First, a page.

Sound Exchange and Pure Play Webcasters Reach Experimental Rate Agreement

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Sound Exchange and Pure Play Webcasters Reach Experimental Rate Agreement

Jul 10, 2009 10:00 AM

Washington, DC - Jul 7, 2009 - Sound Exchange has announced experimental new terms for pure play commercial webcasters, covering royalties for the Internet streaming of sound recordings.

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The agreement, under the Webcaster Settlement Act of 2009, gives pure play webcasters the option of electing an alternative set of rates and terms to those issued by the Copyright Royalty Board (CRB) in 2007. The experimental formula includes revenue sharing for most services, and more robust reporting requirements, in exchange for a discount on per-stream rates. Pure play webcasters that elect these new terms will agree to pay artists and rights owners (through Sound Exchange) a minimum percentage of all their U.S. revenues of up to 25 percent, and to pay a more significant annual minimum royalty.

This agreement accommodates the specific characteristics of a distinct class of webcasters whose predominant form of business and revenue generation is the streaming of sound recordings under a government license -- hence the term pure play For these webcasters, the agreement provides for three rate classes, under which webcasters can opt for an alternative rate structure.

The three rate classes are large pure play webcasters, small pure play webcasters (defined as those earning $1.25 million or less in total revenues with a cap on music streamed) and pure play webcasters that provide bundled, syndicated or subscription services. Sound Exchange views these newly negotiated rates as an experimental structure for a particular genre of webcasters and does not consider these terms indicative of fair market rates. Sound Exchange admits that it is not sure if revenue sharing is the right move for the recording community and webcasters.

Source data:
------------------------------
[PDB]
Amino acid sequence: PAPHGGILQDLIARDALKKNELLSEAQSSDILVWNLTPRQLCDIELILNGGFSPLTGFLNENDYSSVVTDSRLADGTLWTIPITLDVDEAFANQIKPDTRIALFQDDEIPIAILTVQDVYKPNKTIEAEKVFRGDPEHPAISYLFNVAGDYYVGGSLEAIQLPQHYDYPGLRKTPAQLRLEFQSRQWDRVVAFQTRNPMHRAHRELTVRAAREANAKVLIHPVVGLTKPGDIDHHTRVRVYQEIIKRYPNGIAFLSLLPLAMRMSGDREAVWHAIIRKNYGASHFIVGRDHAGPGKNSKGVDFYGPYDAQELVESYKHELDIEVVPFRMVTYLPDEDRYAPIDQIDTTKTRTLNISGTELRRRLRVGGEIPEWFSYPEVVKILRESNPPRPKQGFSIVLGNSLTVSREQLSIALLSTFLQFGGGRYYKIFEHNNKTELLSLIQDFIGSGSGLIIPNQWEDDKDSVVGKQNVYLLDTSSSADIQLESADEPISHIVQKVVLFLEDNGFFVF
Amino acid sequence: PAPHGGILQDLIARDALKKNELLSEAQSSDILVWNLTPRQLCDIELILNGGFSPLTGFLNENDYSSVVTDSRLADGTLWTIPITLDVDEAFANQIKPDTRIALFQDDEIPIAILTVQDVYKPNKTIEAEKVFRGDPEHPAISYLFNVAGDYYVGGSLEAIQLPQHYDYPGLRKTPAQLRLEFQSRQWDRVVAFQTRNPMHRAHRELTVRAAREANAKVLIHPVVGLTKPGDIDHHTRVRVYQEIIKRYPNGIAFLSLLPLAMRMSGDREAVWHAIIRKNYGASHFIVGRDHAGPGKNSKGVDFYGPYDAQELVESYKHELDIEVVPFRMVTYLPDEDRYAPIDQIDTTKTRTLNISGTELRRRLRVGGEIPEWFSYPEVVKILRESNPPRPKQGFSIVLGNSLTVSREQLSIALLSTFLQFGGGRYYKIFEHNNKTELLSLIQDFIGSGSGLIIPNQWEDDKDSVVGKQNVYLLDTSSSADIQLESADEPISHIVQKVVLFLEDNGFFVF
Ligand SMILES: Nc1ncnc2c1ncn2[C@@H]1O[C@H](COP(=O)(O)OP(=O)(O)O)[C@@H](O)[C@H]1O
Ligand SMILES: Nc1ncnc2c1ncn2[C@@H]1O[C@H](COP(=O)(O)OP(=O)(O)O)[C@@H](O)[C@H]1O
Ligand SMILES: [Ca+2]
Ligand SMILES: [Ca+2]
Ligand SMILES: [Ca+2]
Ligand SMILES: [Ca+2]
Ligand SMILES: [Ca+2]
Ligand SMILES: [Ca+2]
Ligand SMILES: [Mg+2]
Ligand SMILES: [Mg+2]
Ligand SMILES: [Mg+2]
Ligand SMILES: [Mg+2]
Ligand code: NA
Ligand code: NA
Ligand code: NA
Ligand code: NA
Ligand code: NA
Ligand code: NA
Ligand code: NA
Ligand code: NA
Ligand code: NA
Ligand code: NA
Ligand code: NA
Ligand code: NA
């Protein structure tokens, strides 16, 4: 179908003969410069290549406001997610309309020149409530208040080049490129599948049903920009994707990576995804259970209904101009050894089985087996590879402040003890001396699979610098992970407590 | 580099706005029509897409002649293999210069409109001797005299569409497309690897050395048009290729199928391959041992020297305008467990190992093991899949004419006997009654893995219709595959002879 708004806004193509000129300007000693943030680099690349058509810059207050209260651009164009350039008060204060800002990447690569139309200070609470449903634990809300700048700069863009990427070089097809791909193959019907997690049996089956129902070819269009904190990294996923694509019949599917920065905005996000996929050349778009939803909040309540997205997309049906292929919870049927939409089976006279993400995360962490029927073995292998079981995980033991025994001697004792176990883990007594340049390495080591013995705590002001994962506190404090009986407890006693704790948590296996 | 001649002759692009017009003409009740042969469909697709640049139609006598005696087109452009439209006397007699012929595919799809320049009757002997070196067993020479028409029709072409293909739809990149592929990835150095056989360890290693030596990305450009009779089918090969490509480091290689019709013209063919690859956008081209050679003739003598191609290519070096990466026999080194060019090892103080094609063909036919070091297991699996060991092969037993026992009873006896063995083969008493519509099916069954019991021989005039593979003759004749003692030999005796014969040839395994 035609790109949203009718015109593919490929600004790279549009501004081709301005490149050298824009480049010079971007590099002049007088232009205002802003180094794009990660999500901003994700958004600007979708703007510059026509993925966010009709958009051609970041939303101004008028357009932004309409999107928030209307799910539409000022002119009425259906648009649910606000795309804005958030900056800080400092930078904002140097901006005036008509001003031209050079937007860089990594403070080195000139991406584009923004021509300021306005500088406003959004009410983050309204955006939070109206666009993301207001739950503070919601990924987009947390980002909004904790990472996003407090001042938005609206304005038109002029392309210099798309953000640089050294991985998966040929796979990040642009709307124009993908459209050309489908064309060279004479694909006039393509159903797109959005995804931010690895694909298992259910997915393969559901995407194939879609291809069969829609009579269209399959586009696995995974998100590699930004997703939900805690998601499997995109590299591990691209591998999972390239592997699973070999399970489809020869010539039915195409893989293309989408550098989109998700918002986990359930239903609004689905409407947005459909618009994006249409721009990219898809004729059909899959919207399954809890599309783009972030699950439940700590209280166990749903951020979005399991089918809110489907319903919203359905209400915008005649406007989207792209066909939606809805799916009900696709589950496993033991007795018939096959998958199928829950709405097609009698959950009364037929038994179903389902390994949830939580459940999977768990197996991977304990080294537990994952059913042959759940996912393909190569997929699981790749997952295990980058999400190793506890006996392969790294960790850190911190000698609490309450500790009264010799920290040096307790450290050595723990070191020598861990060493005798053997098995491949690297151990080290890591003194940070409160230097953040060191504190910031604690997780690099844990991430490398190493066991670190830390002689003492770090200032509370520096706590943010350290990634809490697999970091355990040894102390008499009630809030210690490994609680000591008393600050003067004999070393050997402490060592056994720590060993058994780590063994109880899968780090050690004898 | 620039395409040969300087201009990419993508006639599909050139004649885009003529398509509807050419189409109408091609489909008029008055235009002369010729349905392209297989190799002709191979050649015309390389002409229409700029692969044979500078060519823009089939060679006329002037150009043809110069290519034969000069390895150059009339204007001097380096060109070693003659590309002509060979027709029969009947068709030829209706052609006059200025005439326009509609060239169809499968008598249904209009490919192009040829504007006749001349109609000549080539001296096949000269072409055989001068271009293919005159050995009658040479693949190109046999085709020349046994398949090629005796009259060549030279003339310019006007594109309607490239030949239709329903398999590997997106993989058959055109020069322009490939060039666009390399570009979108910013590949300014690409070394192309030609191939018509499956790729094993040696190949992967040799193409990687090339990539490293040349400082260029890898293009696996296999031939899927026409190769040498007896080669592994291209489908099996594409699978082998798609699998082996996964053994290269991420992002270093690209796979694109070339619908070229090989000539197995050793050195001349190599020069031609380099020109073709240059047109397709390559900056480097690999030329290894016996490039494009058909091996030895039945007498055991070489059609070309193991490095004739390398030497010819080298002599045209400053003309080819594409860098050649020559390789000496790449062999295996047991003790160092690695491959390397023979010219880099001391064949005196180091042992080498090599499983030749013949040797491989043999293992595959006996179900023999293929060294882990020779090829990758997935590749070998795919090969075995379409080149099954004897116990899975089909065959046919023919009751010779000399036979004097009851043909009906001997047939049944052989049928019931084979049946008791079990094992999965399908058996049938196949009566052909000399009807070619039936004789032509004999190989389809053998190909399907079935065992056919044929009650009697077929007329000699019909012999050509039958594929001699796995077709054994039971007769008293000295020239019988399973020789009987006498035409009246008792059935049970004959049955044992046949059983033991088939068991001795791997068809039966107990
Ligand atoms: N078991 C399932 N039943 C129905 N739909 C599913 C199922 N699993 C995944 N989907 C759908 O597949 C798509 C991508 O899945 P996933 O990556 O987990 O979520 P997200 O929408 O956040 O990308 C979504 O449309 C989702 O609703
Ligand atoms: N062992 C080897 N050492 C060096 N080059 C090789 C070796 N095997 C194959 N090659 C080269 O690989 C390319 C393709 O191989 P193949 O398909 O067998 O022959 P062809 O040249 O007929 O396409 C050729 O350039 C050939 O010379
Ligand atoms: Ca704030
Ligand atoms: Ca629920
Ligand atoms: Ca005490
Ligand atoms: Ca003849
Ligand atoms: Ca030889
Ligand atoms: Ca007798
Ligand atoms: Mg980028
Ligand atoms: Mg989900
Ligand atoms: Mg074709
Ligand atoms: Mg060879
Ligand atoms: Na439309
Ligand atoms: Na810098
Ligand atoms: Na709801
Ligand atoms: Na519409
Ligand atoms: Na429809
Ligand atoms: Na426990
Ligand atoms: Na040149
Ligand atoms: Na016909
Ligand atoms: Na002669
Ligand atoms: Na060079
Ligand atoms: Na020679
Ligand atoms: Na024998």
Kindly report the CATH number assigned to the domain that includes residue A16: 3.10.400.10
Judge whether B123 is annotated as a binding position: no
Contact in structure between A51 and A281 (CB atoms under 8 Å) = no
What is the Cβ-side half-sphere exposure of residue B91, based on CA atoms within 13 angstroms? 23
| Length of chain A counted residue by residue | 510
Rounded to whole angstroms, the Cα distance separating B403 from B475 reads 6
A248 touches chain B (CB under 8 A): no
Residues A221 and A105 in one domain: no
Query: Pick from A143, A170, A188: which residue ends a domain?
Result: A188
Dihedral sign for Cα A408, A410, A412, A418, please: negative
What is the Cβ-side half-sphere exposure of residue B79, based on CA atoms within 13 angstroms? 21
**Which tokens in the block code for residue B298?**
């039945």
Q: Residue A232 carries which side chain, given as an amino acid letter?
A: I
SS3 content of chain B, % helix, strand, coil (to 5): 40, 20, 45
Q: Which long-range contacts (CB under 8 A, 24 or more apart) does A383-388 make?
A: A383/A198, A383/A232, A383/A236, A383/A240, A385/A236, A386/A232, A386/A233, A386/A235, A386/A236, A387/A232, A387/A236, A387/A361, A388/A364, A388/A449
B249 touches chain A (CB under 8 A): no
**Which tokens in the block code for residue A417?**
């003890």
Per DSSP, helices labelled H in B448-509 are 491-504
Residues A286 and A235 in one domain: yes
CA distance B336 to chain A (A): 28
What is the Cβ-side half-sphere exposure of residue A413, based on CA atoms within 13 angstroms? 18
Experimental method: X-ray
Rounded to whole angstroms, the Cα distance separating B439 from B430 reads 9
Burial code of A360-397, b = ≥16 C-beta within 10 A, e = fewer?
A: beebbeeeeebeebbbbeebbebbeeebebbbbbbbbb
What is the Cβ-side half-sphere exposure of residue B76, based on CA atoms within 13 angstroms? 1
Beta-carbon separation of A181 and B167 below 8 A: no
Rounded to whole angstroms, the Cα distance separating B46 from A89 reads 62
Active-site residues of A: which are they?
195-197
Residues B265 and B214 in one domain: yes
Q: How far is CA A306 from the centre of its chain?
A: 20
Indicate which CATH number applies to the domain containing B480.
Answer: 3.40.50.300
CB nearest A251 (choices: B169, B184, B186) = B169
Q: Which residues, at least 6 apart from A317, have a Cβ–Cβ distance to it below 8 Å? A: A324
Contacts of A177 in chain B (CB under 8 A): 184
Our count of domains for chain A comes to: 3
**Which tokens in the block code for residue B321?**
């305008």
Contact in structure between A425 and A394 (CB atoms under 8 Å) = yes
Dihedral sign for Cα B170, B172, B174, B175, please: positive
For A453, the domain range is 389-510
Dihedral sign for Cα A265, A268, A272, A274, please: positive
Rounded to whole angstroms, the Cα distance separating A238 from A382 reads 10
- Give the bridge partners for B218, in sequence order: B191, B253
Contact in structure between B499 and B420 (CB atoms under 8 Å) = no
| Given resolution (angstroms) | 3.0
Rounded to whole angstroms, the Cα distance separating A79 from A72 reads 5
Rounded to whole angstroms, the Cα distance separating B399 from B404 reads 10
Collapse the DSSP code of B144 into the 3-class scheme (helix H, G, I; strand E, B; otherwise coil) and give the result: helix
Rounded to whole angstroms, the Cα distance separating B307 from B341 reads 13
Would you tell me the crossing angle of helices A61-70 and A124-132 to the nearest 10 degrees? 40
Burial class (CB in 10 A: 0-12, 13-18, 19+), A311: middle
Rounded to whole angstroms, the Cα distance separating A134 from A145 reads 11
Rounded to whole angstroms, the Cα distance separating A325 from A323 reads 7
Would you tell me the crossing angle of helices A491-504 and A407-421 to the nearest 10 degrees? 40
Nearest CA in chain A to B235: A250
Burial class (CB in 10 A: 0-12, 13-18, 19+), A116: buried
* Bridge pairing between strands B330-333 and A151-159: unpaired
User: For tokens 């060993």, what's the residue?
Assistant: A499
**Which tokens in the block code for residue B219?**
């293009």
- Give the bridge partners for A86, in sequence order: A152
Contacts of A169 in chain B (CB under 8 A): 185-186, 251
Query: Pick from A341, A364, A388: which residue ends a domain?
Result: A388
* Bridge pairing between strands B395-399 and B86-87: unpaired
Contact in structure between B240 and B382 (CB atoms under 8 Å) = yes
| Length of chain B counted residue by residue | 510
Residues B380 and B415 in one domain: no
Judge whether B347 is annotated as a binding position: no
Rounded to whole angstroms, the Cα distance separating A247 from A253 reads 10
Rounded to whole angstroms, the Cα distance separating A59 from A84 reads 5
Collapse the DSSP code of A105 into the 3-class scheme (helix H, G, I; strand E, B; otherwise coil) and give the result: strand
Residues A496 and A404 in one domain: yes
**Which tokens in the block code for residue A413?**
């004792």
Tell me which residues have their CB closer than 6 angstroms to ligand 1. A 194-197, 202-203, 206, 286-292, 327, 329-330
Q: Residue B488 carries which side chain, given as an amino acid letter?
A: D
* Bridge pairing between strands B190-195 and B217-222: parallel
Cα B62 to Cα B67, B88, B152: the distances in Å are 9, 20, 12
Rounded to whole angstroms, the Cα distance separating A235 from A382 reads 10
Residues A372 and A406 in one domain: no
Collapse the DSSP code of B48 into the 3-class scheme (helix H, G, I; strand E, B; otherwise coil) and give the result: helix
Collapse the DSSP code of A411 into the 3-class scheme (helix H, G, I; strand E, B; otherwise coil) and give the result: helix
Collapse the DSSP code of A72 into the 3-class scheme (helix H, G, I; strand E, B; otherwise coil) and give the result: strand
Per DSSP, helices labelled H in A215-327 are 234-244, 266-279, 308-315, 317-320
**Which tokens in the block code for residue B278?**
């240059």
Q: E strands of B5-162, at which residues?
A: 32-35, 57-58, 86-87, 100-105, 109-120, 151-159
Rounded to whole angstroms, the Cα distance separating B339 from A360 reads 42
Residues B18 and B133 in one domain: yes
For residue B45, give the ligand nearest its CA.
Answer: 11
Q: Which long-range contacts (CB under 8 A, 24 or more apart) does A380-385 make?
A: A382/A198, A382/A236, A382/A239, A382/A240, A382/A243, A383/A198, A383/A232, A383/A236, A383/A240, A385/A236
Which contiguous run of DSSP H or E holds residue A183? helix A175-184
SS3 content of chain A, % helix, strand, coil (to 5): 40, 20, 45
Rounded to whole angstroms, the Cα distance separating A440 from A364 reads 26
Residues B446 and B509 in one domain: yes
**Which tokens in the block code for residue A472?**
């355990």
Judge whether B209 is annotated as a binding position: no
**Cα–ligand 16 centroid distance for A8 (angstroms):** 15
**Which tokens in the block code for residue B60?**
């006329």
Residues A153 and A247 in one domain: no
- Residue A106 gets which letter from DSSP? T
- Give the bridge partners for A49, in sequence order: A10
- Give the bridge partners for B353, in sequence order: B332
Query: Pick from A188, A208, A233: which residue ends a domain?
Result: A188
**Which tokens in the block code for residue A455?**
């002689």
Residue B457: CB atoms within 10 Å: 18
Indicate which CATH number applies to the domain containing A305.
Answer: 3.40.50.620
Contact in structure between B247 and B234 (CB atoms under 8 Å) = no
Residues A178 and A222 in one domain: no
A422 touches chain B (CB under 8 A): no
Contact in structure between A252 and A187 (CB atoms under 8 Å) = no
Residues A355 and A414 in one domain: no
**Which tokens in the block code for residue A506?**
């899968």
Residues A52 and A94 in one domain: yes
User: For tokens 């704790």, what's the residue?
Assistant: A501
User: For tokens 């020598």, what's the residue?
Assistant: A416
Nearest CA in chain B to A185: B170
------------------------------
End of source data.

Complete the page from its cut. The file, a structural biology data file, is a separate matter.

Larger pure play services will pay the greater of either a per performance rate or 25 percent of total revenue, and will agree to provide more comprehensive reporting about the sound recordings used than regulations currently require. Through 2014, small pure play webcasters will have the option of paying the greater of a percentage of revenue or a percentage of expenses, and in certain circumstances have less stringent play list reporting requirements in return for payment of an additional proxy fee. Bundled, syndicated or subscription services will pay per-performance fees that are the same as those contained in an agreement concluded earlier in the year by Sound Exchange with the National Association of Broadcasters. All pure play webcasters would pay an annual minimum fee of $25,000 that can then be applied to their royalties owed.

This announcement follows agreements concluded earlier in the year by Sound Exchange with the National Association of Broadcasters for over-the-air radio stations that stream on the Internet, with the Corporation for Public Broadcasting, and with other small commercial webcasters.

The agreement will be binding on all copyright owners and performers and will be available to other eligible commercial webcasters once the agreed-upon rates and terms are published in the Federal Register by the U.S. Copyright Office.

The agreement was reached under the authority of the Webcaster Settlement Act of 2009 and applies to all commercially-released sound recordings webcast by these entities under the statutory licenses provided by Sections 112 and 114 of the Copyright Act.

In further researching the details on this agreement, Radio magazine has determined that Internet radio stations with little or no revenue and few listeners will pay $500 in royalties and $100 to waive the record-keeping requirement. This type of station accounts for most of the Internet radio stations.

Small Internet radio stations with some listeners and revenues less than $50,000 in revenue will pay a minimum $2,000 each year to stream.

FAQ: Sound Exchange Agreement with Pureplay Webcasters, Jul 2009

A list of frequently asked questions that was posted to the Sound Exchange website....